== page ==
How to scan and surf an internal network

7th Jul 2017

Let's say you have terminal access to a server and you want to perform a scan of the internal network. Moreover, you want to actually surf any intranet site with your browser.
Usually you would create a dynamic port forward using SSH, but what if it was disabled? Despair not, proxy and port forwarding are here to rescue you!

These aren't the ports you're looking for

Few weeks ago an hosting company asked me to take a look at their configuration and their internal network. After reviewing the "starting" server, I wanted to do a network scan.

So I did as usual: in my local machine I asked SSH to create a dynamic port forward with ssh -D 1080 user@remote and then started nmap with proxychains.

After few seconds of no results, I observerd the following error in the console:

channel 1: open failed: administratively prohibited: open failed

Some researches revealed that the source of the error relies inside SSH agent configuration: that's actually a smart move, kudos to the sysadmin.
However nothing is lost: if I can't connect my nmap installation, let's bring the executable to the server! What we need is nmap statically compiled (think about it as a "portable" installation): everything is inside the executable, so no external dependencies are required.

After some googling I found a couple of repositories serving nmap statically compiled (here and here). It's not the last version, but it's better than nothing.

So we have a workaround for this issue, but the original problem is still there. What if we want to surf any intranet site? We could use wget to grasp its contents, but that's not very practical.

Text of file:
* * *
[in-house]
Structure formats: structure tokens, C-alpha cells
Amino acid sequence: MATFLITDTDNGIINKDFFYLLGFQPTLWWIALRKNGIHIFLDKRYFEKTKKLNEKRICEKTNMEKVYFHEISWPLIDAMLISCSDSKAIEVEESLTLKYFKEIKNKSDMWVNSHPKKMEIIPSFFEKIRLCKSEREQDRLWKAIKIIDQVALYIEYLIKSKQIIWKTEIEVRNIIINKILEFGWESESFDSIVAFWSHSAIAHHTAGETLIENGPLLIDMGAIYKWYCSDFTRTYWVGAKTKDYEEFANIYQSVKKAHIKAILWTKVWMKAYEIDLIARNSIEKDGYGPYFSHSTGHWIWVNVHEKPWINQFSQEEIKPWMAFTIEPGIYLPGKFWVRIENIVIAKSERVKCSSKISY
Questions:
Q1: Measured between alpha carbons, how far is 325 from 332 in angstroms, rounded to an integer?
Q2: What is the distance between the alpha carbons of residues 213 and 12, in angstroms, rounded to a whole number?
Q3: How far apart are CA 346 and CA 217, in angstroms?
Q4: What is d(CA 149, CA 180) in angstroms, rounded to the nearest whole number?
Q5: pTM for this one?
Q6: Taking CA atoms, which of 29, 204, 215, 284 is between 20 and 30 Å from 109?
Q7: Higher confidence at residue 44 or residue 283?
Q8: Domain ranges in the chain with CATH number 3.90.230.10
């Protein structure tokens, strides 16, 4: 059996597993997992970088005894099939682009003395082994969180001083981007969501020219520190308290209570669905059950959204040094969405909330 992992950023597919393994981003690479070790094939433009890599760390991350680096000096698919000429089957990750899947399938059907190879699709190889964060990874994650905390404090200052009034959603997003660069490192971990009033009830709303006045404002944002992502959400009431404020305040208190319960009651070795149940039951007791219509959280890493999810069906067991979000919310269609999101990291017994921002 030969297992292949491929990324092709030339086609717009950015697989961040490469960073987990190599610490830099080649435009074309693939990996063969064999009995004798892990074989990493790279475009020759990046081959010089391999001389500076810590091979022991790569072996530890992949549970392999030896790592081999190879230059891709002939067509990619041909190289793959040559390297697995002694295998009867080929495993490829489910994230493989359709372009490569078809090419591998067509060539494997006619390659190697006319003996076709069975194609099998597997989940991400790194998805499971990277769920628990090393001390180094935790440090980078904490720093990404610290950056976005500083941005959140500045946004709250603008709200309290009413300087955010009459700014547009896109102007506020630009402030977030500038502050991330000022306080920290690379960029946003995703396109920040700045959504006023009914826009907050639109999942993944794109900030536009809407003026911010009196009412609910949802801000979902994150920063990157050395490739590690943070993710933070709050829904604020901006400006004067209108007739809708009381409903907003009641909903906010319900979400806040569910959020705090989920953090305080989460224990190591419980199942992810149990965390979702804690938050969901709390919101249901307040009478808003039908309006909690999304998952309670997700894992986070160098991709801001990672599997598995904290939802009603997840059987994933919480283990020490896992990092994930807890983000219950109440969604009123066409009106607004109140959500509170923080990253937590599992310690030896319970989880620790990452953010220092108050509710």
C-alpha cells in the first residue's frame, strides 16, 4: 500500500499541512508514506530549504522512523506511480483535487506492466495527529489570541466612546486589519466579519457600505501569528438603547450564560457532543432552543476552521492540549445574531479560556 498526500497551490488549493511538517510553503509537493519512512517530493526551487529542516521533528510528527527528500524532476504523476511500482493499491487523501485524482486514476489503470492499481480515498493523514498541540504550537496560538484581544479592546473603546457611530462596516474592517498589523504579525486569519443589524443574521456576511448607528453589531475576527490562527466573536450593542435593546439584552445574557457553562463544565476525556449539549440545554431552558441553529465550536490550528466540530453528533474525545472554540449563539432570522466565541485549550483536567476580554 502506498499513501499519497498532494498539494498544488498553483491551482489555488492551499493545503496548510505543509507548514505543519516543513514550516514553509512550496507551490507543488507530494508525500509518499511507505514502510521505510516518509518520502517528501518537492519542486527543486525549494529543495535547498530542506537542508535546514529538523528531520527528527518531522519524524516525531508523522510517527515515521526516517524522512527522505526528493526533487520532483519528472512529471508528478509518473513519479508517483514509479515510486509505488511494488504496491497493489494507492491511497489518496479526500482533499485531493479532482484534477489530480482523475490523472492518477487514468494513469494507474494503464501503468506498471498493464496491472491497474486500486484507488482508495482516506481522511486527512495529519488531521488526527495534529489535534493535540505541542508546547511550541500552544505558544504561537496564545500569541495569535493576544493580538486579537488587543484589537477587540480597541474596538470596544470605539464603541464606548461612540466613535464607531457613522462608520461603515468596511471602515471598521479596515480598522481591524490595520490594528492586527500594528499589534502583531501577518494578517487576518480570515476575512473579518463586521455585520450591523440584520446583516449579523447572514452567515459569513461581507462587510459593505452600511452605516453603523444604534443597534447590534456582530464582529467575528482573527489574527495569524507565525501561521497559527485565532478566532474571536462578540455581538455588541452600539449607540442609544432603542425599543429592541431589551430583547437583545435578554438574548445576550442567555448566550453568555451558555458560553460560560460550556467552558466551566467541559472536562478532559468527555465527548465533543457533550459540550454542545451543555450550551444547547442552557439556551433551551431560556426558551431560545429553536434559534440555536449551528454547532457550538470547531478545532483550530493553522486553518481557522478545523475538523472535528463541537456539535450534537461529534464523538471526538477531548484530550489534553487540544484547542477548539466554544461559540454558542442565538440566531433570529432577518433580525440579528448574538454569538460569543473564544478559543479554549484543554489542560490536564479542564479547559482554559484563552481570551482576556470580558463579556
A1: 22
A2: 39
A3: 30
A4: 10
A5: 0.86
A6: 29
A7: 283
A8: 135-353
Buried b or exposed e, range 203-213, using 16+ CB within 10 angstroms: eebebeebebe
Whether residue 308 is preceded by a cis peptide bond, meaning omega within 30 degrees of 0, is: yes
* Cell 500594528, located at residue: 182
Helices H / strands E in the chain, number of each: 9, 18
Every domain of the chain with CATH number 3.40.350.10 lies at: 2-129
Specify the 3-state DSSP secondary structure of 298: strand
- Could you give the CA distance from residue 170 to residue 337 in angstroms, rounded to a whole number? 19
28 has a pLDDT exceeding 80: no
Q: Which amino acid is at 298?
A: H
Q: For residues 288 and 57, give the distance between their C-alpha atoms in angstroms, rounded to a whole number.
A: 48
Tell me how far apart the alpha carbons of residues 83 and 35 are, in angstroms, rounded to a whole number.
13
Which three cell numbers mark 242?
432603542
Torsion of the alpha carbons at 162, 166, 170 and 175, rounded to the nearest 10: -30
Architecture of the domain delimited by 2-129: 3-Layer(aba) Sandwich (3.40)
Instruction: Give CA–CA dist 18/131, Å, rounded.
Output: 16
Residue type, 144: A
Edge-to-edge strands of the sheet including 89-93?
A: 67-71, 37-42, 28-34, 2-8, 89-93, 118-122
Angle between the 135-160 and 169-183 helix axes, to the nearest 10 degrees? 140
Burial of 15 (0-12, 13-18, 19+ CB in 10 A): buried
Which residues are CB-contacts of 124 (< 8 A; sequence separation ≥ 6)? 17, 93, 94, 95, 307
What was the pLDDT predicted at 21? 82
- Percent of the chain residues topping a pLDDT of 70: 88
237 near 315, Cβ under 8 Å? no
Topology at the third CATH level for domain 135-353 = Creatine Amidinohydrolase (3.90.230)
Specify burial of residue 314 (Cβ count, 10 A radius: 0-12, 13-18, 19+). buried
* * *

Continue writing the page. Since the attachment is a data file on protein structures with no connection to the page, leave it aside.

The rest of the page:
Fasten your seatbelts for a port forwarding ride

Generally speaking, we have to find a way to load the site from the inside and "serve it" to the outisude. This is the perfect job for an HTTP proxy, however there are several constrains that should be fulfilled:

  1. It's not possible to open any new port on the server
  2. Dynamic port forwarding is not possible (see above)
  3. HTTPS support is required

With an HTTP proxy, you usually start it and tell him to listen on a specific port. Then you have to configure your browser to use that port and the remote IP as proxy.

Sadly, as stated on the first point, I wasn't able to open any new port on the server.
What I can do, however, is to connect a local port from the remote server to my local machine; then bind that local port to the HTTP proxy. Finally configure my browser to my own local port and start surfing.

Let's review the required steps:

  1. Local machine Your SSH agent should be reachable from the Internet. This means that you'll have to setup some port forwarding in your router: when someone asks to connect to port 22, your router will have to forward such request to your PC, instead of handling it.

  2. Remote server With an active terminal session, create a remote port forwarding:
    ssh -R *:8080:localhost:3000 your_pc_username@your_pc_IP

    In this way you have connected the port 8080 of your PC to the 3000 one of the server. Please note that since this is an outgoing request from the server, the firewall lets you do that; usually it only blocks incoming requests.

  3. Remote server Start an HTTP proxy listening on port 3000. In this case I used a Python based proxy since Python was available on the server.

    python 3000
  4. Local machine Finally open your browser settings and setup as your HTTP proxy. In this way you can use any internal IP to surf the intranet using private IPs (ie

When you'll open an URL, the request will be redirected on your local port 8080, entering the SSH tunnel. It will exit on the remote server on port 3000, ready to be caught by the HTTP proxy that will handle it and send it to the correct internal IP.

What a ride, uh?


Blog Comments powered by Disqus.